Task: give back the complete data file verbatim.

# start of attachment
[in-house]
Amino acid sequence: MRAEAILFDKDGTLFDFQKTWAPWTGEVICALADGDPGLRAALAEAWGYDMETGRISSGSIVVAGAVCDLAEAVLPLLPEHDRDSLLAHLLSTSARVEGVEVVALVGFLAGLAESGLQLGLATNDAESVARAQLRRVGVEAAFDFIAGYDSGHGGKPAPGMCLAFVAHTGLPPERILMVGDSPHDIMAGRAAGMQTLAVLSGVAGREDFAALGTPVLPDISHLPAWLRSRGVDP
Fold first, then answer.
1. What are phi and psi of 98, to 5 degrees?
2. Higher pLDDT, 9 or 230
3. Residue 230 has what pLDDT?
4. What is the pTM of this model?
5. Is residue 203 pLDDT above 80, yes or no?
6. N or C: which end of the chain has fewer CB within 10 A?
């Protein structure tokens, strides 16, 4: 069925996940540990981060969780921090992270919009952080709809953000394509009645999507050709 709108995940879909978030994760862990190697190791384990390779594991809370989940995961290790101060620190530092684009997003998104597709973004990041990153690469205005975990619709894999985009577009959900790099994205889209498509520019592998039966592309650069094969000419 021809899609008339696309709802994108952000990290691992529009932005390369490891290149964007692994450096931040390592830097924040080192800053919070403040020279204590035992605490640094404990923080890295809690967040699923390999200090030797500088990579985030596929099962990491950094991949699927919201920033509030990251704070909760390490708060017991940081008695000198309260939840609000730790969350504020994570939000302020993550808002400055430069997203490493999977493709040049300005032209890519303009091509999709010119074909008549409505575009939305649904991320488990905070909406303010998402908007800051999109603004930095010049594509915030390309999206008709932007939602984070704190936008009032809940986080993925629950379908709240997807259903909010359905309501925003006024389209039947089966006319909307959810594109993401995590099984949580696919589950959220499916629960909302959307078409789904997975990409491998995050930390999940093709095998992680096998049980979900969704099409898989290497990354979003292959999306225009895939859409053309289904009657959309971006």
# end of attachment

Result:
[in-house]
Amino acid sequence: MRAEAILFDKDGTLFDFQKTWAPWTGEVICALADGDPGLRAALAEAWGYDMETGRISSGSIVVAGAVCDLAEAVLPLLPEHDRDSLLAHLLSTSARVEGVEVVALVGFLAGLAESGLQLGLATNDAESVARAQLRRVGVEAAFDFIAGYDSGHGGKPAPGMCLAFVAHTGLPPERILMVGDSPHDIMAGRAAGMQTLAVLSGVAGREDFAALGTPVLPDISHLPAWLRSRGVDP
Fold first, then answer.
1. What are phi and psi of 98, to 5 degrees?
2. Higher pLDDT, 9 or 230
3. Residue 230 has what pLDDT?
4. What is the pTM of this model?
5. Is residue 203 pLDDT above 80, yes or no?
6. N or C: which end of the chain has fewer CB within 10 A?
């Protein structure tokens, strides 16, 4: 069925996940540990981060969780921090992270919009952080709809953000394509009645999507050709 709108995940879909978030994760862990190697190791384990390779594991809370989940995961290790101060620190530092684009997003998104597709973004990041990153690469205005975990619709894999985009577009959900790099994205889209498509520019592998039966592309650069094969000419 021809899609008339696309709802994108952000990290691992529009932005390369490891290149964007692994450096931040390592830097924040080192800053919070403040020279204590035992605490640094404990923080890295809690967040699923390999200090030797500088990579985030596929099962990491950094991949699927919201920033509030990251704070909760390490708060017991940081008695000198309260939840609000730790969350504020994570939000302020993550808002400055430069997203490493999977493709040049300005032209890519303009091509999709010119074909008549409505575009939305649904991320488990905070909406303010998402908007800051999109603004930095010049594509915030390309999206008709932007939602984070704190936008009032809940986080993925629950379908709240997807259903909010359905309501925003006024389209039947089966006319909307959810594109993401995590099984949580696919589950959220499916629960909302959307078409789904997975990409491998995050930390999940093709095998992680096998049980979900969704099409898989290497990354979003292959999306225009895939859409053309289904009657959309971006």